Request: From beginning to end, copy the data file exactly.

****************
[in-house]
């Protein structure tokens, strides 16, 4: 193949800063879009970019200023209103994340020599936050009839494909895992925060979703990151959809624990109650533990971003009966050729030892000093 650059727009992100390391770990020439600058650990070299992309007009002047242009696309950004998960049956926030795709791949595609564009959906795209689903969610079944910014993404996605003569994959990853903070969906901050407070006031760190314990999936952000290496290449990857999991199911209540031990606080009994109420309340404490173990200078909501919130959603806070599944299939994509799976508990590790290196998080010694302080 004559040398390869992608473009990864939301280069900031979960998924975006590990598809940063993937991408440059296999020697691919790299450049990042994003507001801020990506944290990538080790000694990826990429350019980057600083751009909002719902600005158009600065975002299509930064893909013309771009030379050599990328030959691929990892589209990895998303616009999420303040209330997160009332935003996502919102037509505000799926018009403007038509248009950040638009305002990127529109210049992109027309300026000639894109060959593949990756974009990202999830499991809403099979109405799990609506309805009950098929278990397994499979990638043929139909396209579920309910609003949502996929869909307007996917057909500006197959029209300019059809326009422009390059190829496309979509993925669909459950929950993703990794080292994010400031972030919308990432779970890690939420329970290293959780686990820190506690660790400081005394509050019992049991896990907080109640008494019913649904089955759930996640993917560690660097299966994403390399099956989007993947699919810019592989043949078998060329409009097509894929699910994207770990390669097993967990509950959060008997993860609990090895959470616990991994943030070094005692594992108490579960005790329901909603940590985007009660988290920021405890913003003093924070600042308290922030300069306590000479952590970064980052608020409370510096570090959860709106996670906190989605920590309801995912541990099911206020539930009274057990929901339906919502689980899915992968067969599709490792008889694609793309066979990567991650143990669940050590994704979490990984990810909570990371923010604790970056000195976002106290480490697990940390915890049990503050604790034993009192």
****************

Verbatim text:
[in-house]
């Protein structure tokens, strides 16, 4: 193949800063879009970019200023209103994340020599936050009839494909895992925060979703990151959809624990109650533990971003009966050729030892000093 650059727009992100390391770990020439600058650990070299992309007009002047242009696309950004998960049956926030795709791949595609564009959906795209689903969610079944910014993404996605003569994959990853903070969906901050407070006031760190314990999936952000290496290449990857999991199911209540031990606080009994109420309340404490173990200078909501919130959603806070599944299939994509799976508990590790290196998080010694302080 004559040398390869992608473009990864939301280069900031979960998924975006590990598809940063993937991408440059296999020697691919790299450049990042994003507001801020990506944290990538080790000694990826990429350019980057600083751009909002719902600005158009600065975002299509930064893909013309771009030379050599990328030959691929990892589209990895998303616009999420303040209330997160009332935003996502919102037509505000799926018009403007038509248009950040638009305002990127529109210049992109027309300026000639894109060959593949990756974009990202999830499991809403099979109405799990609506309805009950098929278990397994499979990638043929139909396209579920309910609003949502996929869909307007996917057909500006197959029209300019059809326009422009390059190829496309979509993925669909459950929950993703990794080292994010400031972030919308990432779970890690939420329970290293959780686990820190506690660790400081005394509050019992049991896990907080109640008494019913649904089955759930996640993917560690660097299966994403390399099956989007993947699919810019592989043949078998060329409009097509894929699910994207770990390669097993967990509950959060008997993860609990090895959470616990991994943030070094005692594992108490579960005790329901909603940590985007009660988290920021405890913003003093924070600042308290922030300069306590000479952590970064980052608020409370510096570090959860709106996670906190989605920590309801995912541990099911206020539930009274057990929901339906919502689980899915992968067969599709490792008889694609793309066979990567991650143990669940050590994704979490990984990810909570990371923010604790970056000195976002106290480490697990940390915890049990503050604790034993009192």